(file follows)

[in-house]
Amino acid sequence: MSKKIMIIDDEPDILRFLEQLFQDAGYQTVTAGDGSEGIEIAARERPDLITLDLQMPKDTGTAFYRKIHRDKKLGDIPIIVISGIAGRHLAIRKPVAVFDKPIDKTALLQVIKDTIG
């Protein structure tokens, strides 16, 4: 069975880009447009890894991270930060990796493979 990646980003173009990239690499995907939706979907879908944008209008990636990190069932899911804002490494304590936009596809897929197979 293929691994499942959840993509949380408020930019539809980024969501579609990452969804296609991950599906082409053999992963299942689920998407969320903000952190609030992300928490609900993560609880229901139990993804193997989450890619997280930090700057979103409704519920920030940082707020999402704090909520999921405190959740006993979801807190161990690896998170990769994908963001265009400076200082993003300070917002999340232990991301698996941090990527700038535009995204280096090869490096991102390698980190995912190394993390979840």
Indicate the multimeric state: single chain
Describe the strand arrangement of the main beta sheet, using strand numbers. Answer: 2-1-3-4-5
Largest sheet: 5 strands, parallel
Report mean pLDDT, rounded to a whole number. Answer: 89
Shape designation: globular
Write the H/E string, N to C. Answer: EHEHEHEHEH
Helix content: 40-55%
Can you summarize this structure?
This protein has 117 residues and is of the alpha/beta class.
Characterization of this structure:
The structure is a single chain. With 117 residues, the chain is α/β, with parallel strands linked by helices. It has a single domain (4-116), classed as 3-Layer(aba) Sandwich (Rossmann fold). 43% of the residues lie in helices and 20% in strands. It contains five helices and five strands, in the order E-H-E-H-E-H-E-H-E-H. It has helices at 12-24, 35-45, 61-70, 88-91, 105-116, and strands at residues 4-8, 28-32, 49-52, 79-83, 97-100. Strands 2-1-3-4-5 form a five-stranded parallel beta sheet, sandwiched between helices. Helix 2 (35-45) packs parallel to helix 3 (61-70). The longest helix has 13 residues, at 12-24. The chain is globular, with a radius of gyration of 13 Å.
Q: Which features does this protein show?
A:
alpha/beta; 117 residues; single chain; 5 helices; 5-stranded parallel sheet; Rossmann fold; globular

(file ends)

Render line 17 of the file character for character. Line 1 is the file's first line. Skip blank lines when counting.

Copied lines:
alpha/beta; 117 residues; single chain; 5 helices; 5-stranded parallel sheet; Rossmann fold; globular